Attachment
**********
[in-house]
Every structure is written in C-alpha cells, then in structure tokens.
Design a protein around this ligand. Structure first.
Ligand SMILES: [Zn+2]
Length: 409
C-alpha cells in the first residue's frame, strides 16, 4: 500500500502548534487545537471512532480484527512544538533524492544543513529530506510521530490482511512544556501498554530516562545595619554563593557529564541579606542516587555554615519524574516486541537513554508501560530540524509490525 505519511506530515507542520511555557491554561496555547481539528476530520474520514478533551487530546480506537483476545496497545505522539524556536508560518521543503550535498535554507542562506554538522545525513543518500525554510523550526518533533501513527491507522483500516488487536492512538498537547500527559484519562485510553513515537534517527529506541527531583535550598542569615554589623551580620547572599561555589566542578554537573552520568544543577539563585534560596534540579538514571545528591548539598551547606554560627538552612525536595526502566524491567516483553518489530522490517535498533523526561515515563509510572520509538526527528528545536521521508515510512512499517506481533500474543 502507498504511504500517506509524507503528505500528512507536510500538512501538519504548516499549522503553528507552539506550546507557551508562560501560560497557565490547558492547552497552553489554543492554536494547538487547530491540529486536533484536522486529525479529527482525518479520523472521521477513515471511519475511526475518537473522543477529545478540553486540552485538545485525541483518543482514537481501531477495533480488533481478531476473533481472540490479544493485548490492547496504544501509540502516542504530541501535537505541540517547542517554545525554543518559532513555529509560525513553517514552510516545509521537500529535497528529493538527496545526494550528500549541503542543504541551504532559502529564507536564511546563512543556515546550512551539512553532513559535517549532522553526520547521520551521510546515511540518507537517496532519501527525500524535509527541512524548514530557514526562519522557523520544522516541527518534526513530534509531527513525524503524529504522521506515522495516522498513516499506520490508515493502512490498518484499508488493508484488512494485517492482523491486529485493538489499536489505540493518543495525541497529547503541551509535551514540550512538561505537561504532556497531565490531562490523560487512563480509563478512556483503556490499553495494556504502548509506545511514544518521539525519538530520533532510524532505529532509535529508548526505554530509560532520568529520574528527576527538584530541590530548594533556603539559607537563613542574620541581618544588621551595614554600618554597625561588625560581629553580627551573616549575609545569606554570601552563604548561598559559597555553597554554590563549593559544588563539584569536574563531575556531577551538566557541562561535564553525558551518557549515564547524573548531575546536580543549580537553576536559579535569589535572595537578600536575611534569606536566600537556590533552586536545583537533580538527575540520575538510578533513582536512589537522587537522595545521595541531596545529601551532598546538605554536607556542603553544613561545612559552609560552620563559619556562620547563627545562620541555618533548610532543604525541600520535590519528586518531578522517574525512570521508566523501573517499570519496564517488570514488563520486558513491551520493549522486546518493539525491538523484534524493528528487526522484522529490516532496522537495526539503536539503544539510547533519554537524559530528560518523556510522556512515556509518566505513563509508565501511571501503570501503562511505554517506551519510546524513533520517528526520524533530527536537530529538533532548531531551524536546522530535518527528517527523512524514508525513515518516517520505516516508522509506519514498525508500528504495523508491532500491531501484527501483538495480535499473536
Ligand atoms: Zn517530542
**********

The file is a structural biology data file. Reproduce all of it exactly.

[in-house]
Every structure is written in C-alpha cells, then in structure tokens.
Design a protein around this ligand. Structure first.
Ligand SMILES: [Zn+2]
Length: 409
C-alpha cells in the first residue's frame, strides 16, 4: 500500500502548534487545537471512532480484527512544538533524492544543513529530506510521530490482511512544556501498554530516562545595619554563593557529564541579606542516587555554615519524574516486541537513554508501560530540524509490525 505519511506530515507542520511555557491554561496555547481539528476530520474520514478533551487530546480506537483476545496497545505522539524556536508560518521543503550535498535554507542562506554538522545525513543518500525554510523550526518533533501513527491507522483500516488487536492512538498537547500527559484519562485510553513515537534517527529506541527531583535550598542569615554589623551580620547572599561555589566542578554537573552520568544543577539563585534560596534540579538514571545528591548539598551547606554560627538552612525536595526502566524491567516483553518489530522490517535498533523526561515515563509510572520509538526527528528545536521521508515510512512499517506481533500474543 502507498504511504500517506509524507503528505500528512507536510500538512501538519504548516499549522503553528507552539506550546507557551508562560501560560497557565490547558492547552497552553489554543492554536494547538487547530491540529486536533484536522486529525479529527482525518479520523472521521477513515471511519475511526475518537473522543477529545478540553486540552485538545485525541483518543482514537481501531477495533480488533481478531476473533481472540490479544493485548490492547496504544501509540502516542504530541501535537505541540517547542517554545525554543518559532513555529509560525513553517514552510516545509521537500529535497528529493538527496545526494550528500549541503542543504541551504532559502529564507536564511546563512543556515546550512551539512553532513559535517549532522553526520547521520551521510546515511540518507537517496532519501527525500524535509527541512524548514530557514526562519522557523520544522516541527518534526513530534509531527513525524503524529504522521506515522495516522498513516499506520490508515493502512490498518484499508488493508484488512494485517492482523491486529485493538489499536489505540493518543495525541497529547503541551509535551514540550512538561505537561504532556497531565490531562490523560487512563480509563478512556483503556490499553495494556504502548509506545511514544518521539525519538530520533532510524532505529532509535529508548526505554530509560532520568529520574528527576527538584530541590530548594533556603539559607537563613542574620541581618544588621551595614554600618554597625561588625560581629553580627551573616549575609545569606554570601552563604548561598559559597555553597554554590563549593559544588563539584569536574563531575556531577551538566557541562561535564553525558551518557549515564547524573548531575546536580543549580537553576536559579535569589535572595537578600536575611534569606536566600537556590533552586536545583537533580538527575540520575538510578533513582536512589537522587537522595545521595541531596545529601551532598546538605554536607556542603553544613561545612559552609560552620563559619556562620547563627545562620541555618533548610532543604525541600520535590519528586518531578522517574525512570521508566523501573517499570519496564517488570514488563520486558513491551520493549522486546518493539525491538523484534524493528528487526522484522529490516532496522537495526539503536539503544539510547533519554537524559530528560518523556510522556512515556509518566505513563509508565501511571501503570501503562511505554517506551519510546524513533520517528526520524533530527536537530529538533532548531531551524536546522530535518527528517527523512524514508525513515518516517520505516516508522509506519514498525508500528504495523508491532500491531501484527501483538495480535499473536
Ligand atoms: Zn517530542